'England to beat South Africa 2-0'
The two best Test sides around are evenly matched but wet conditions should give England the edge, says Mike Selvey in the Guardian.
Despite their strident assertions to the contrary, the South African side must be underprepared, their plans disrupted by the weather at Taunton and Canterbury. In trying to claim that things could hardly have gone better, they are protesting just a little too much. The tragic loss of Mark Boucher may in itself prove an inspirational focal point for them, but it has seriously affected the balance of their side, with his replacement, Thami Tsolekile, not being risked and the gloves going instead to AB de Villiers, arguably the world's premier batsman in all forms.
Many batsmen who step up to keep wicket find their batting falls away. In a series where runs are sure to be at a premium given the respective qualities of the two attacks, this could be a risky option, and one that may not be sustainable throughout the series. The loss of the back-up paceman Marchant de Lange is a further blow, as their chosen replacement, Albie Morkel, scarcely looks a Test match quality alternative. One tweaked hamstring, as has happened to Graham Onions, one of England's reserves, during practice, and they are in bother.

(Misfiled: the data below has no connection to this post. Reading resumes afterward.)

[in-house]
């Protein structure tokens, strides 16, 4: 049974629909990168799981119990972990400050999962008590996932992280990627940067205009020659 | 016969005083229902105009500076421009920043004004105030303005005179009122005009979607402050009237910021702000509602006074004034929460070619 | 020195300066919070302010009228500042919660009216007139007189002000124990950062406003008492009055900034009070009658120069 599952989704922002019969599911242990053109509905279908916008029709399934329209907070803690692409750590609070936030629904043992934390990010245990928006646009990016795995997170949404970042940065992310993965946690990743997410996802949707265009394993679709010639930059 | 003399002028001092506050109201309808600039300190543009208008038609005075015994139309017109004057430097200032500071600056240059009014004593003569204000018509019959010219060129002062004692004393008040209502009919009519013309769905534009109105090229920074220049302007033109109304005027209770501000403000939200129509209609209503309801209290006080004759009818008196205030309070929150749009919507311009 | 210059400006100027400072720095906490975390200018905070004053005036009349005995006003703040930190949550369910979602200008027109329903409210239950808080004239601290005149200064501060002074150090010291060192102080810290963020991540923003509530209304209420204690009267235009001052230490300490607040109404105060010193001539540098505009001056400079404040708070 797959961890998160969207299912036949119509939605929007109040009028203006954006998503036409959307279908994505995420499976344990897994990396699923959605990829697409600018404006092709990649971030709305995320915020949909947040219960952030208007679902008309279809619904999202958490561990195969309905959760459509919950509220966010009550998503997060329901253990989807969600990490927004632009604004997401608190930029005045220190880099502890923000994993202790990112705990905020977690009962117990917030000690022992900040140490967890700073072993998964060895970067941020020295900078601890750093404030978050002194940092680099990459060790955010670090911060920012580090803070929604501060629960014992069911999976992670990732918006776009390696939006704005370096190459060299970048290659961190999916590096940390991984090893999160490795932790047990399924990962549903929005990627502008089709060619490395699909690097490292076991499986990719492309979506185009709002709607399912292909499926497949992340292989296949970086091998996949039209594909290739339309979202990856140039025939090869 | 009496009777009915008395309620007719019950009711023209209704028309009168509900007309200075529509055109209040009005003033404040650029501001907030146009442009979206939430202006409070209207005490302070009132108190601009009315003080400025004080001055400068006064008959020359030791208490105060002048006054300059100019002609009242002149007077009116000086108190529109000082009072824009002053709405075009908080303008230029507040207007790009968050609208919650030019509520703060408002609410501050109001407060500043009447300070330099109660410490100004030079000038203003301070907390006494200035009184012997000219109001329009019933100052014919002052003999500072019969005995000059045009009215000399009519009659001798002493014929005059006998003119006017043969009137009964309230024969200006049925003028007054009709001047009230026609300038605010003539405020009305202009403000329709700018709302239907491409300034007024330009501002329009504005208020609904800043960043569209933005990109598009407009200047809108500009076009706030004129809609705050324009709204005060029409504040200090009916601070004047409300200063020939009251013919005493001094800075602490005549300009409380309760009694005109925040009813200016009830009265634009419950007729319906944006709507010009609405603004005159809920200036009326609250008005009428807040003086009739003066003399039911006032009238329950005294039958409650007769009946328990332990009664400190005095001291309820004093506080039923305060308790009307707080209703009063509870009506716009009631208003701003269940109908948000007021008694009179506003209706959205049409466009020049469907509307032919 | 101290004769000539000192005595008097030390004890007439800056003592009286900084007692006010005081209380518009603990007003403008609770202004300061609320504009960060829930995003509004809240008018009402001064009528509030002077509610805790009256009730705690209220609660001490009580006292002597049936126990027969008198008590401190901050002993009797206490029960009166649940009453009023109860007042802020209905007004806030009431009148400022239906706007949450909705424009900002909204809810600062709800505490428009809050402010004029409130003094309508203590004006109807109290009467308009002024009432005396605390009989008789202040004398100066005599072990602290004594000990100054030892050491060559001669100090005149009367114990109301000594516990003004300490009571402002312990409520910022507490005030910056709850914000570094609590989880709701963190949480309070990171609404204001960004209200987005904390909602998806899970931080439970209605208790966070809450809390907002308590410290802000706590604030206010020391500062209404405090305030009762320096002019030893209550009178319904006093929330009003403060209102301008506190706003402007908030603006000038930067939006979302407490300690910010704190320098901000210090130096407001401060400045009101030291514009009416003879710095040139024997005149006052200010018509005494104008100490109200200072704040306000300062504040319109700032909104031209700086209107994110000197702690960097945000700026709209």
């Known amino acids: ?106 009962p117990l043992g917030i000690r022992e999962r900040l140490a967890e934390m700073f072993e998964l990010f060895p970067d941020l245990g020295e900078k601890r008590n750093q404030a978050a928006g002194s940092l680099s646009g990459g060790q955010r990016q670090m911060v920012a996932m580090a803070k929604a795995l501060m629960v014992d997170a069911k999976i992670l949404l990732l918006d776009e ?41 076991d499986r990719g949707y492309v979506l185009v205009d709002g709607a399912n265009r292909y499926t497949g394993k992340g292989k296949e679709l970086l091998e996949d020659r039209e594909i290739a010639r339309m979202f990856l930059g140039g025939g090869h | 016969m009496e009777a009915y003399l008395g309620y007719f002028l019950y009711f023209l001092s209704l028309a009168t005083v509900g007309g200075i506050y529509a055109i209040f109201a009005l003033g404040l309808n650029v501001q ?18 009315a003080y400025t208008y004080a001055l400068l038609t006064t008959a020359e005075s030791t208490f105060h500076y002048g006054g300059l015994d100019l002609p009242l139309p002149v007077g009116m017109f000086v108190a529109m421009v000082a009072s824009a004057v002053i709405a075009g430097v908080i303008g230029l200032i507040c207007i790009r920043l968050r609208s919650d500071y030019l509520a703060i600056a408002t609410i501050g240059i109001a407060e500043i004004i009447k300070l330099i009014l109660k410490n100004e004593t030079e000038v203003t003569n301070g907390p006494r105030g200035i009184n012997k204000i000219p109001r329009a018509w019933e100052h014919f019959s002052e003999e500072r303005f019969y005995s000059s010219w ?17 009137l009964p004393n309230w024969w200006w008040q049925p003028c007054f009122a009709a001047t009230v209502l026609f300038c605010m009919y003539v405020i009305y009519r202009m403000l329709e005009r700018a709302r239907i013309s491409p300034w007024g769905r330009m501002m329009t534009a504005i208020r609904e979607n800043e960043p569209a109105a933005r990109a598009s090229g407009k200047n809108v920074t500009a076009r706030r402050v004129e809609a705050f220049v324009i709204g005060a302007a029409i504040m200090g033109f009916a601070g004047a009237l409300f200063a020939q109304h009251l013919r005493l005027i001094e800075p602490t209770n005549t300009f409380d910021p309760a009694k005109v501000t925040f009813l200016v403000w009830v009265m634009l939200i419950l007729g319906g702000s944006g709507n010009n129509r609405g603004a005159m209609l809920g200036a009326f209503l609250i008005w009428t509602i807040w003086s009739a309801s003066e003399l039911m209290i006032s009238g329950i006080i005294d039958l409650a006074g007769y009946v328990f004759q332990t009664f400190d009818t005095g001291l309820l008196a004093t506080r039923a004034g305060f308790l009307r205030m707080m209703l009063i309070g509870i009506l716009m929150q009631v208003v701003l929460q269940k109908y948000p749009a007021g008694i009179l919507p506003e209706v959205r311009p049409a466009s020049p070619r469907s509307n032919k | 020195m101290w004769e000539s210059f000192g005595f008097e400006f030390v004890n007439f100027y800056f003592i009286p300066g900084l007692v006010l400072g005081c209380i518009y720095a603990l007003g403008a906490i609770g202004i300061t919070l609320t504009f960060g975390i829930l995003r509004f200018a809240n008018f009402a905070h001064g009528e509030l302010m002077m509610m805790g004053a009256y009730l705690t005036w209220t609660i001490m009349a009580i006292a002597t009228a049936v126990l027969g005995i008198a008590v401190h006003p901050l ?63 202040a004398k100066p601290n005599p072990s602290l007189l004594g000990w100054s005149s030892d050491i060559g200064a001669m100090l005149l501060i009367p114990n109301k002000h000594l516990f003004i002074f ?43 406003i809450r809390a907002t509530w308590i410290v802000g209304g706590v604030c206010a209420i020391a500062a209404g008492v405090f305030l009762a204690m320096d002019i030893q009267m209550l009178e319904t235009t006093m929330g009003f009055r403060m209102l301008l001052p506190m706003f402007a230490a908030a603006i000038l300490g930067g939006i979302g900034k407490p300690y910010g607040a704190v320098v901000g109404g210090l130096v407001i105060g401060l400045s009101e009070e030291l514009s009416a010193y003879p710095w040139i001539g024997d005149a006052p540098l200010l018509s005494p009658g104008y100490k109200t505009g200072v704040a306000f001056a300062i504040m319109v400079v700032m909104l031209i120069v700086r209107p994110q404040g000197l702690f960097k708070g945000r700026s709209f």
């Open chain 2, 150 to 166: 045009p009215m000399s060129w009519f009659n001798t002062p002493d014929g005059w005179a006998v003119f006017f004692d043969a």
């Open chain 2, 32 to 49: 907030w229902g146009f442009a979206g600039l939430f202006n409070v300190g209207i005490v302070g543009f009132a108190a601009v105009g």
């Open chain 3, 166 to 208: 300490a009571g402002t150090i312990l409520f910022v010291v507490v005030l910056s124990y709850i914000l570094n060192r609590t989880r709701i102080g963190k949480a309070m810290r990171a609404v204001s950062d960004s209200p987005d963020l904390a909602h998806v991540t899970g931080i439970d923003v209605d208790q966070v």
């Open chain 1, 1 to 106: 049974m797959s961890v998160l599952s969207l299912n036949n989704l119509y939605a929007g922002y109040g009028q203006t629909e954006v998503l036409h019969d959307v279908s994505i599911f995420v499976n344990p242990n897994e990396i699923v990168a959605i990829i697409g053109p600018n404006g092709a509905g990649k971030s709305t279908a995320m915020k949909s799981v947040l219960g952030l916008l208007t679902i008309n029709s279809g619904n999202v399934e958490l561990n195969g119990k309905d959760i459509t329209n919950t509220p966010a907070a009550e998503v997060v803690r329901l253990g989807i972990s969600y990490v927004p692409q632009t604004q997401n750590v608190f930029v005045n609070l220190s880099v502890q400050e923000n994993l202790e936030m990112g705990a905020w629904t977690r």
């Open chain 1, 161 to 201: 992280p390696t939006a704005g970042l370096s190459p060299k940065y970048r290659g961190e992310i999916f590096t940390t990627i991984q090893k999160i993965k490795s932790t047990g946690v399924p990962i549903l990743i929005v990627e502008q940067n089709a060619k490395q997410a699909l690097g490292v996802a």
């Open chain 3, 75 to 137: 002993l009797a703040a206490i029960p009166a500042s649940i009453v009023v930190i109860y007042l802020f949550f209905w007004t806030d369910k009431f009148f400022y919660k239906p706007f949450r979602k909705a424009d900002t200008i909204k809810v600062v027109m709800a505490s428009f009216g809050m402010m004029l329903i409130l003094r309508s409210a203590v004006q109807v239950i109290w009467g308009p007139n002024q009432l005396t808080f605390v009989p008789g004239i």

Also in the Guardian, Rob Smyth revisits Johannesburg, November 25, 1999, when England made their worst start to a Test match in Duncan Fletcher's first game as coach.
With weary inevitability, England lost the toss. Rumour has it that Hansie Cronje even showed his teeth as he invited England to bat. Then Donald and Shaun Pollock went to work. Within 15 minutes England were two for four; one of those was a leg-bye. As if the scoreline wasn't bad enough, the four players to be dismissed were their only experienced batsmen, all England captains past or present: Mike Atherton. Nasser Hussain, Mark Butcher and Alec Stewart. They had 244 Test caps and 16,052 runs between them. between them. The next four batsmen shared two caps and 17 runs. Michael Vaughan, Chris Adams and Gavin Hamilton were all making their debuts, while Andrew Flintoff was back in the side after a 15-month absence. The whole thing felt like a perverse take on the defeatism that accompanied English cricket in the 1990s. You think being the worst team in the world is bad? Well cop a load of this.
George Binoy is an assistant editor at ESPNcricinfo